- Trump in a phone call to confidante Bill O’Reilly and in public remarks Thursday again voiced his claim that former Special Counsel Robert Mueller is angry at him over a country club fee dispute.
- "Mueller wanted $15,000 back and Trump said no," O’Reilly remarked in a radio interview on Wednesday — an account Mueller has disputed.
- The president has renewed his attacks on Mueller after the former special counsel in his first public remarks in two years led to renewed calls for the president’s impeachment.
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President Donald Trump renewed attacks on Robert Mueller this week, claiming once again that the former special counsel’s investigation was marred by conflicts of interest, even claiming that the special counsel was motivated by a longstanding financial dispute over a fee he paid at one of Trump’s country clubs.
In his first public remarks since being appointed special counsel in 2017 Mueller said on Tuesday that if his investigation had found the president did not break the law, it would have stated so — and he was barred from indicting the president because of justice department regulations.
The remarks were seized on by Democrats calling for the president’s impeachment.
According to New York Times, Trump reacted by spending the rest of the day venting his fury at Mueller’s remarks to aides, and in late night phone calls to friends — including former Fox News host Bill O’Reilly.
According to O’Reilly, a long-time confidante, the president claimed that the former special counsel is fueled by anger about a dispute over fees Mueller paid at a country club owned by Trump.
"President Trump called me last night around 11 o’clock," O’Reilly said in a call Thursday morning to the "Bernie and Sid in the Morning" radio show, claiming that Trump made the call to discuss a book O’Reilly is writing.
"He wouldn’t give him his deposit back for a country club membership that Trump owned and Mueller was moving," O’Reilly said. "Mueller wanted $15,000 back and Trump said no."
In remarks to reporters Thursday, Trump listed a "business dispute" among Mueller’s motivations in a seeming reference to the dispute — and described Mueller on Twitter as "totally conflicted."
It’s not the first time that Trump has voiced the accusation. Back in June 2018 the New York Times reported that it was one of the reasons Trump listed to aides in June 2018 when he attempted to fire Mueller — only backing away from the move when White House counsel Don McGahn threatened to quit.
The president’s claims were addressed and rejected in Mueller’s report, which was presented to Congress in April in a redacted form. Mueller himself in his report presents a very different account of the golf club affair.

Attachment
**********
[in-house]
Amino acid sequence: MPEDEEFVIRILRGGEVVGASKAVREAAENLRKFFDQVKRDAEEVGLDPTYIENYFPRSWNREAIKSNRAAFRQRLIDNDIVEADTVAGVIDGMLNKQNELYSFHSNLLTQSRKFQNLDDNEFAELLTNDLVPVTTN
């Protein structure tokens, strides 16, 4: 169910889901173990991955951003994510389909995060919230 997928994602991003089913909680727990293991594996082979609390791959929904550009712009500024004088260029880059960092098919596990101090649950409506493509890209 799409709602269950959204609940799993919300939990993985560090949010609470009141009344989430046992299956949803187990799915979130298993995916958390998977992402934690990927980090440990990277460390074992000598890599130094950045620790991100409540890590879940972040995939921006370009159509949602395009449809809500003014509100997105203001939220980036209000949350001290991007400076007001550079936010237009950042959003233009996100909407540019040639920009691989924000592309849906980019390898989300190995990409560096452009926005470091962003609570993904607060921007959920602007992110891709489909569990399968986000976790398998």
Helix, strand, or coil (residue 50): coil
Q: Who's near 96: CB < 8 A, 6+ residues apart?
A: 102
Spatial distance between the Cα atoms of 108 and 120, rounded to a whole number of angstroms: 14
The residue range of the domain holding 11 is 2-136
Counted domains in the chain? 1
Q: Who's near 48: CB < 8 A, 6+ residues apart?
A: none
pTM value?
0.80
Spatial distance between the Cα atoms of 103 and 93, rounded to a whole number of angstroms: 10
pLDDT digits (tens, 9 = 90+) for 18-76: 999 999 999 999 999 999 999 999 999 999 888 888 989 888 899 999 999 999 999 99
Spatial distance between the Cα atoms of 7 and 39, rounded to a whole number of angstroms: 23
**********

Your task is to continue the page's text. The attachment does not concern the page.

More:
Describing his communications with Trump’s National Golf Club in Sterling, Virginia, Mueller wrote that in October 2011 he informed that club that he was cancelling his membership subscription because he lived in Washington so was unable to make full use of the facility.
He said he requested a partial refund of the membership fee paid in 1994, and was told he had been placed on a list of those seeking a refund, after which he had no more contact with the club.
Even Trump’s own chief strategist, Steve Bannon, in interviews with the special counsel’s investigators described Trump’s conflicts of interest accusations as "ridiculous and petty," remarking that "none of them was real or could come close to justifying precluding Mueller from serving as Special Counsel."
O’Reilly also claimed on Thursday that Trump in his phone call had launched into another old conflict of interest attack, claiming to him that Mueller was angry that Trump denied him the FBI director role after Trump sacked James Comey in May 2017.
On Thursday, the president tweeted, saying: "Robert Mueller came to the Oval Office (along with other potential candidates) seeking to be named the Director of the FBI. He had already been in that position for 12 years, I told him NO. The next day he was named Special Counsel – A total Conflict of Interest. NICE!"
Bannon in his testimony to Mueller’s investigators said that Mueller was invited to a meeting at the White House in May 2017 to discuss the FBI.
Bannon told investigators the White House considered "beseeching" Mueller to be the FBI director again after the controversial sacking of Comey, and "he did not come in looking for the job."
- Trump for the first time referred to ‘Russia helping me to get elected’ — then denied it almost straightaway
- Sean Hannity called Robert Mueller ‘full of crap’ and said the former FBI boss ‘doesn’t know the law’
- Mueller and Barr released a bizarre statement claiming ‘there is no conflict’ between their views on obstruction, despite loads of evidence to the contrary